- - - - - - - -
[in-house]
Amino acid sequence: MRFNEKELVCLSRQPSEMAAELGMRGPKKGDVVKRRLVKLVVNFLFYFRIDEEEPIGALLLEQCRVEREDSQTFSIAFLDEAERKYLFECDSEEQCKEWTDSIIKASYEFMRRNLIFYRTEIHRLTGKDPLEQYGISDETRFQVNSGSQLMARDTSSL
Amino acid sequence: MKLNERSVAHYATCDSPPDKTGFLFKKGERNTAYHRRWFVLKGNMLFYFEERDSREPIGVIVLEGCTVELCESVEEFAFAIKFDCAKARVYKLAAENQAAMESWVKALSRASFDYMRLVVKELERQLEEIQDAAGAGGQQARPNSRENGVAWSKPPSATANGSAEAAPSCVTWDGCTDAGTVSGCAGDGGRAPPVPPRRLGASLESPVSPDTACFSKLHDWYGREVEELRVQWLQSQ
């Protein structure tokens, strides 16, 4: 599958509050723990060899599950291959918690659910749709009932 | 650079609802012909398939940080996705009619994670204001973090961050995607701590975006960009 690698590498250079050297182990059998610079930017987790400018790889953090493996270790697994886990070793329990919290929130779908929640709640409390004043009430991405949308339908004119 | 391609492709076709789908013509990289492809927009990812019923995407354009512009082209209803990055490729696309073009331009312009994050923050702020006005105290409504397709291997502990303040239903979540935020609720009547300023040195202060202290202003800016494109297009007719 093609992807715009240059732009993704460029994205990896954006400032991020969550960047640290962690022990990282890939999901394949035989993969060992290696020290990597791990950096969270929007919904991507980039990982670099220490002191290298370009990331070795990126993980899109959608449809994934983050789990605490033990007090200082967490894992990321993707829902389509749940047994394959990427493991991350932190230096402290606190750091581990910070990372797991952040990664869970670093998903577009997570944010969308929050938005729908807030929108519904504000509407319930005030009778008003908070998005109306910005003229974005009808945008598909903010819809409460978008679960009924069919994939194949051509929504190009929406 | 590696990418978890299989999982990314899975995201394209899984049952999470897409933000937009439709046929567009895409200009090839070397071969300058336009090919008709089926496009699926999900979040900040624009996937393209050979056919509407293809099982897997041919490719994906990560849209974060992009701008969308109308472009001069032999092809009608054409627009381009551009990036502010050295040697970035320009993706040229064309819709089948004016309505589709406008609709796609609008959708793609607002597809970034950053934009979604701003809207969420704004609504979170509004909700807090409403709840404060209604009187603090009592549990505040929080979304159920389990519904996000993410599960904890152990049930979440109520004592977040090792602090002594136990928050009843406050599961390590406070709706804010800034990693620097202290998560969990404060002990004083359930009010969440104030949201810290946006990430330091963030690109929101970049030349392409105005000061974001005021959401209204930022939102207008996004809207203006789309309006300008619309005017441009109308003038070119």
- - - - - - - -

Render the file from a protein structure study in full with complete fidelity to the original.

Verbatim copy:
[in-house]
Amino acid sequence: MRFNEKELVCLSRQPSEMAAELGMRGPKKGDVVKRRLVKLVVNFLFYFRIDEEEPIGALLLEQCRVEREDSQTFSIAFLDEAERKYLFECDSEEQCKEWTDSIIKASYEFMRRNLIFYRTEIHRLTGKDPLEQYGISDETRFQVNSGSQLMARDTSSL
Amino acid sequence: MKLNERSVAHYATCDSPPDKTGFLFKKGERNTAYHRRWFVLKGNMLFYFEERDSREPIGVIVLEGCTVELCESVEEFAFAIKFDCAKARVYKLAAENQAAMESWVKALSRASFDYMRLVVKELERQLEEIQDAAGAGGQQARPNSRENGVAWSKPPSATANGSAEAAPSCVTWDGCTDAGTVSGCAGDGGRAPPVPPRRLGASLESPVSPDTACFSKLHDWYGREVEELRVQWLQSQ
């Protein structure tokens, strides 16, 4: 599958509050723990060899599950291959918690659910749709009932 | 650079609802012909398939940080996705009619994670204001973090961050995607701590975006960009 690698590498250079050297182990059998610079930017987790400018790889953090493996270790697994886990070793329990919290929130779908929640709640409390004043009430991405949308339908004119 | 391609492709076709789908013509990289492809927009990812019923995407354009512009082209209803990055490729696309073009331009312009994050923050702020006005105290409504397709291997502990303040239903979540935020609720009547300023040195202060202290202003800016494109297009007719 093609992807715009240059732009993704460029994205990896954006400032991020969550960047640290962690022990990282890939999901394949035989993969060992290696020290990597791990950096969270929007919904991507980039990982670099220490002191290298370009990331070795990126993980899109959608449809994934983050789990605490033990007090200082967490894992990321993707829902389509749940047994394959990427493991991350932190230096402290606190750091581990910070990372797991952040990664869970670093998903577009997570944010969308929050938005729908807030929108519904504000509407319930005030009778008003908070998005109306910005003229974005009808945008598909903010819809409460978008679960009924069919994939194949051509929504190009929406 | 590696990418978890299989999982990314899975995201394209899984049952999470897409933000937009439709046929567009895409200009090839070397071969300058336009090919008709089926496009699926999900979040900040624009996937393209050979056919509407293809099982897997041919490719994906990560849209974060992009701008969308109308472009001069032999092809009608054409627009381009551009990036502010050295040697970035320009993706040229064309819709089948004016309505589709406008609709796609609008959708793609607002597809970034950053934009979604701003809207969420704004609504979170509004909700807090409403709840404060209604009187603090009592549990505040929080979304159920389990519904996000993410599960904890152990049930979440109520004592977040090792602090002594136990928050009843406050599961390590406070709706804010800034990693620097202290998560969990404060002990004083359930009010969440104030949201810290946006990430330091963030690109929101970049030349392409105005000061974001005021959401209204930022939102207008996004809207203006789309309006300008619309005017441009109308003038070119």